The facial nerve is one of the twelve pairs of cranial nerves in the peripheral nervous system. It is the seventh cranial nerve, and so is often referred to as cranial nerve VII or simply CN VII. Nerve signals from the cranial nerve play important roles in sensing taste as well as controlling the muscles of the face, salivary glands, and lacrimal glands.
The facial nerve is the seventh cranial nerve to exit the brain when counting from anterior to posterior. Continue Scrolling To Read More Below...
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It arises from the pons region of the brainstem, posterior to the abducens nerve (CN VI) and anterior to the vestibulocochlear nerve (CN VIII). The facial nerve travels from the pons through the facial canal in the temporal bone to exit the skull at the stylomastoid foramen.
As the facial nerve passes through the temporal bone, several smaller nerves branch off from the main nerve, including the greater (superficial) petrosal nerve and the chorda tympani.
- Nerve fibers from the greater (superficial) petrosal nerve stimulate the lacrimal glands to produce tears and moisten the eyes.
- The chorda tympani stimulates the submandibular and sublingual salivary glands to produce saliva. It also carries taste information from the anterior two-thirds of the tongue to the brain.
After passing through the stylomastoid foramen, the facial nerve emerges just inferior to the ear and splits into several superficial branches.
- The posterior auricular nerve splits from the facial nerve just beyond the stylomastoid foramen and innervates the muscles posterior to the ear, including the auricularis posterior and the occipitalis.
- Two small nerves next branch off to innervate the digastric and stylohyoid muscles.
- Finally, the temporofacial and cervicofacial branches separate to innervate the muscles of the upper and lower face, respectively. The temporofacial nerve divides into the temporal, zygomatic, and infraorbital branches to reach the frontalis and orbicularis oculi muscles, among others. Fibers from the cervicofacial branch split into the buccal, mandibular, and cervical nerves to innervate the nasalis, zygomaticus major, buccinator, orbicularis oris, platysma, and other muscles surrounding the nose and mouth.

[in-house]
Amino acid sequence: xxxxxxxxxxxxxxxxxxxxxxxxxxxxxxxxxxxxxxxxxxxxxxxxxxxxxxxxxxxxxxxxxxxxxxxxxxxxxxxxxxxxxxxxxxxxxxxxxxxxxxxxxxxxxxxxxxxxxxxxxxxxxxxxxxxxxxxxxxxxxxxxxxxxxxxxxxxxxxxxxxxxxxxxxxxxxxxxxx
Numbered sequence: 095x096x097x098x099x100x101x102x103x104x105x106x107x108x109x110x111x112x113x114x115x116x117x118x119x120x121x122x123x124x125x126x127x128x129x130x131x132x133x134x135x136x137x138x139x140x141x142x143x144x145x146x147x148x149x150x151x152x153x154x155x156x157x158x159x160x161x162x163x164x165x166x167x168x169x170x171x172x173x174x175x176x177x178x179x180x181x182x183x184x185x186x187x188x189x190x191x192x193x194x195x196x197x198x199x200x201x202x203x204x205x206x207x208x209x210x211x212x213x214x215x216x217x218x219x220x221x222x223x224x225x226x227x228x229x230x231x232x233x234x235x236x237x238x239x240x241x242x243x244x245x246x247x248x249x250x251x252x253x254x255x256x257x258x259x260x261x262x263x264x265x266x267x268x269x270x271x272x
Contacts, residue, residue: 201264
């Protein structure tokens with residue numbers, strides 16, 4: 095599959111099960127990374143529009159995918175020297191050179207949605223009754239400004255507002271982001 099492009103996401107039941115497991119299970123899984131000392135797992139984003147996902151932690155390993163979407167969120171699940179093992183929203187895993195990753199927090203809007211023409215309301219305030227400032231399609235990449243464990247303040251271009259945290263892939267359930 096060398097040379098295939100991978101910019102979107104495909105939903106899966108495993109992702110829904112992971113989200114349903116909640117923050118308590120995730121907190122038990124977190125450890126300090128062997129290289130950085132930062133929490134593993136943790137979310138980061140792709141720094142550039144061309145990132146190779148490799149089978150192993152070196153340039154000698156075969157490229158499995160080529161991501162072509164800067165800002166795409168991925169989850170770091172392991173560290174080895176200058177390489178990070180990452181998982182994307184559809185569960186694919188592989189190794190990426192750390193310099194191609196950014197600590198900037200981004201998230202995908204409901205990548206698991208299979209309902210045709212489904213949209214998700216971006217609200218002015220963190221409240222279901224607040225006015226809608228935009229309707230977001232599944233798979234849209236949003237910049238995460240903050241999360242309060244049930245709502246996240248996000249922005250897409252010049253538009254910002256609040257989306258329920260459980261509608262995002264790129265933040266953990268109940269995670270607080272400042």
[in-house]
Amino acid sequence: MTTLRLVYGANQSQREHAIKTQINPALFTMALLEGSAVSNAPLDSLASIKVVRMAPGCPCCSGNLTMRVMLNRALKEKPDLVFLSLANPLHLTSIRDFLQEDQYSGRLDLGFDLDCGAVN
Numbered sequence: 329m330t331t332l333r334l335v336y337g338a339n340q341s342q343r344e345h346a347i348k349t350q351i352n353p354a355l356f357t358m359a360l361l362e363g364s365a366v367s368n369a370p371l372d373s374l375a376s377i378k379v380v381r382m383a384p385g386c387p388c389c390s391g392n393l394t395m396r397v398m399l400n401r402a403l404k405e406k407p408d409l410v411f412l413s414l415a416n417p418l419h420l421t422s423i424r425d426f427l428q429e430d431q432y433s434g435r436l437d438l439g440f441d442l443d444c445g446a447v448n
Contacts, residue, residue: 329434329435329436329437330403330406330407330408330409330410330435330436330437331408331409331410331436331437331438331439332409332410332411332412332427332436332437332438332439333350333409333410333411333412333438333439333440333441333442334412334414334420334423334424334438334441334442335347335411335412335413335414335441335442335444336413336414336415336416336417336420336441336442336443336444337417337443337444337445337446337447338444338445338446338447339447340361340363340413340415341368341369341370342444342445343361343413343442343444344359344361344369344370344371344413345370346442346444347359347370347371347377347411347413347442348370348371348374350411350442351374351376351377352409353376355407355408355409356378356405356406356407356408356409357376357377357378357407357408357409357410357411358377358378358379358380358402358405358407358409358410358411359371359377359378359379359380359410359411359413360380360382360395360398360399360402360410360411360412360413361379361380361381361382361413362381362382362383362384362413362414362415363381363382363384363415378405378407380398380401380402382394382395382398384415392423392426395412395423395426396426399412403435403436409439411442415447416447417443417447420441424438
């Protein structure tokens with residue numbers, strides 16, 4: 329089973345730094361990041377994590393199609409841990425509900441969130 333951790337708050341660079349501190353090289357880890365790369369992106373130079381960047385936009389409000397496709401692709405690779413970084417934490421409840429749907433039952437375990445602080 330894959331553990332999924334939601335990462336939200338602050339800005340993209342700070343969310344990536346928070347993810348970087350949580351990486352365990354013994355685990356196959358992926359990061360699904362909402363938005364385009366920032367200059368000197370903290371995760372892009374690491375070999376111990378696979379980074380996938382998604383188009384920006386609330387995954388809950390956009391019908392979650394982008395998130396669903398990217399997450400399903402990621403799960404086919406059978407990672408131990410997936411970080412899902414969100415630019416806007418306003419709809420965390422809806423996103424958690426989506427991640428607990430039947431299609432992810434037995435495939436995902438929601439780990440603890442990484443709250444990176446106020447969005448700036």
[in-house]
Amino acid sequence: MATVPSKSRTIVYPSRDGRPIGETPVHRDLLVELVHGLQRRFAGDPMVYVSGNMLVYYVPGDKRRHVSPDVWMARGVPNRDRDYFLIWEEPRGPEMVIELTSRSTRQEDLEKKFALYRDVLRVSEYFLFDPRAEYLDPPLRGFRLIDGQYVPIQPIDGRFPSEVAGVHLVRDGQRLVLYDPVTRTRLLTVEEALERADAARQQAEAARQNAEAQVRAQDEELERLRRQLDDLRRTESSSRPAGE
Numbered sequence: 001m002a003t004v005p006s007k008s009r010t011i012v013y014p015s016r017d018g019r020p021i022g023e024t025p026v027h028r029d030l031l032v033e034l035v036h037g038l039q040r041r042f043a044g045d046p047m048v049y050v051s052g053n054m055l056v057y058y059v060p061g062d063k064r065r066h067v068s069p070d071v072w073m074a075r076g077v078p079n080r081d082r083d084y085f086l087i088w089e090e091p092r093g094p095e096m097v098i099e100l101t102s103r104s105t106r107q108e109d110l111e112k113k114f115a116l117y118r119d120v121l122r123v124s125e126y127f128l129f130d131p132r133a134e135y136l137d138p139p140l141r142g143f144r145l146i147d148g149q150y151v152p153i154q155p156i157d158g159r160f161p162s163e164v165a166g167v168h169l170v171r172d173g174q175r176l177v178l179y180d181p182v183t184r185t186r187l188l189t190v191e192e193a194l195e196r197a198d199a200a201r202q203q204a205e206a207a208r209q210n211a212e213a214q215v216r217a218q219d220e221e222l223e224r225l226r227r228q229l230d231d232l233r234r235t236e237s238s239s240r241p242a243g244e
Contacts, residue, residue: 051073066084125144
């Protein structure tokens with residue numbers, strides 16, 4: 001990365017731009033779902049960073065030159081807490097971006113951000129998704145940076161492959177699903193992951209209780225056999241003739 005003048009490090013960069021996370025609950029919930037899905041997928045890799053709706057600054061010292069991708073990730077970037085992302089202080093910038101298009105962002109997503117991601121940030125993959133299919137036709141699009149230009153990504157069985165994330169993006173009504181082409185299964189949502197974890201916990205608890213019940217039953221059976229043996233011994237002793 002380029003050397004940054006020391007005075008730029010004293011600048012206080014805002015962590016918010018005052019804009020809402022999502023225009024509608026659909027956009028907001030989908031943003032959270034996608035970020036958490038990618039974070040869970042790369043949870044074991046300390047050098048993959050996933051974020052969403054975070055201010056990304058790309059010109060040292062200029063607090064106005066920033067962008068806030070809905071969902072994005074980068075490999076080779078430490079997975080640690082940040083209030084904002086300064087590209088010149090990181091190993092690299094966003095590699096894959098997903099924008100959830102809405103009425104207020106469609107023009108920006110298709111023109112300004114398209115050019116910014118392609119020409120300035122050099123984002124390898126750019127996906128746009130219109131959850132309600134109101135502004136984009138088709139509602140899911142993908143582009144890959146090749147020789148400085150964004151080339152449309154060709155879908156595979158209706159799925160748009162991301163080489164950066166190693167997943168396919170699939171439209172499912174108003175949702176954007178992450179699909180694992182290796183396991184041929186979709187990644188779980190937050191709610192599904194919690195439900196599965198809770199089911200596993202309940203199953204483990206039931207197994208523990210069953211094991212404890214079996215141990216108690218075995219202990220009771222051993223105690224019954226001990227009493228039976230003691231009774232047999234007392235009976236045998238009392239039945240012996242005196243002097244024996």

Like all nerves, the facial nerve is made of thousands of individual neurons bundled together with connective tissue and blood vessels. The outside of the nerve is covered in a layer of connective tissue known as the epineurium that protects the soft neurons within and holds the nerve together as a cohesive mass. Within the epineurium, small arterioles and venules provide blood flow to many small bundles of neurons known as fascicles. Each fascicle is wrapped in yet another layer of connective tissue known as the perineurium. Within each fascicle are several individual neurons wrapped in individual layers of connective tissue known as endoneurium.
The facial nerve is considered a mixed nerve because it contains both afferent (sensory) and efferent (motor) neurons. Afferent neurons of the facial nerve carry taste sensations from the taste buds of the anterior tongue to the primary gustatory center of the cerebrum. The efferent division of the facial nerve contains both somatic (voluntary) motor neurons and autonomic (involuntary) motor neurons. Somatic motor neurons carry nerve signals to the skeletal muscles of the face to control facial expressions, while autonomic motor neurons carry signals to the lacrimal and salivary glands.
Prepared by Tim Taylor, Anatomy and Physiology Instructor